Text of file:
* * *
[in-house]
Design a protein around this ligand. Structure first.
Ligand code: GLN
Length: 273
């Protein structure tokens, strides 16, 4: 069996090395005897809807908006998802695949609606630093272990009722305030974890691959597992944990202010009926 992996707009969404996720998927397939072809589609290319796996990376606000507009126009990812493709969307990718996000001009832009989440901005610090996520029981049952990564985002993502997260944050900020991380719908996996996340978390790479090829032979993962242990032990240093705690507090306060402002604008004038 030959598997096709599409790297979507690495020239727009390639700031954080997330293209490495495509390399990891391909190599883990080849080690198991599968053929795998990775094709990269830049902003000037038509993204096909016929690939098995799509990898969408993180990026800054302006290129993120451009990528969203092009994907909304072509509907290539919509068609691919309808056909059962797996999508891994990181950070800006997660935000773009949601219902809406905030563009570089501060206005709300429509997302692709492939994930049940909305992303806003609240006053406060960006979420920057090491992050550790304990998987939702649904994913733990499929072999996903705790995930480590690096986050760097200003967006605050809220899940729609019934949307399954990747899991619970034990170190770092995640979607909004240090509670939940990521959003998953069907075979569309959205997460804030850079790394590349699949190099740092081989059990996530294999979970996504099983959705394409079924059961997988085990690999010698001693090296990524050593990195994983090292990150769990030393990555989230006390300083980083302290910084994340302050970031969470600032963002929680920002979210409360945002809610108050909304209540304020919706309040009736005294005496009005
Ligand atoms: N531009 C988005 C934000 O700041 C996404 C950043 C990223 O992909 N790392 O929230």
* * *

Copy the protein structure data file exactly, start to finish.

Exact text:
[in-house]
Design a protein around this ligand. Structure first.
Ligand code: GLN
Length: 273
């Protein structure tokens, strides 16, 4: 069996090395005897809807908006998802695949609606630093272990009722305030974890691959597992944990202010009926 992996707009969404996720998927397939072809589609290319796996990376606000507009126009990812493709969307990718996000001009832009989440901005610090996520029981049952990564985002993502997260944050900020991380719908996996996340978390790479090829032979993962242990032990240093705690507090306060402002604008004038 030959598997096709599409790297979507690495020239727009390639700031954080997330293209490495495509390399990891391909190599883990080849080690198991599968053929795998990775094709990269830049902003000037038509993204096909016929690939098995799509990898969408993180990026800054302006290129993120451009990528969203092009994907909304072509509907290539919509068609691919309808056909059962797996999508891994990181950070800006997660935000773009949601219902809406905030563009570089501060206005709300429509997302692709492939994930049940909305992303806003609240006053406060960006979420920057090491992050550790304990998987939702649904994913733990499929072999996903705790995930480590690096986050760097200003967006605050809220899940729609019934949307399954990747899991619970034990170190770092995640979607909004240090509670939940990521959003998953069907075979569309959205997460804030850079790394590349699949190099740092081989059990996530294999979970996504099983959705394409079924059961997988085990690999010698001693090296990524050593990195994983090292990150769990030393990555989230006390300083980083302290910084994340302050970031969470600032963002929680920002979210409360945002809610108050909304209540304020919706309040009736005294005496009005
Ligand atoms: N531009 C988005 C934000 O700041 C996404 C950043 C990223 O992909 N790392 O929230």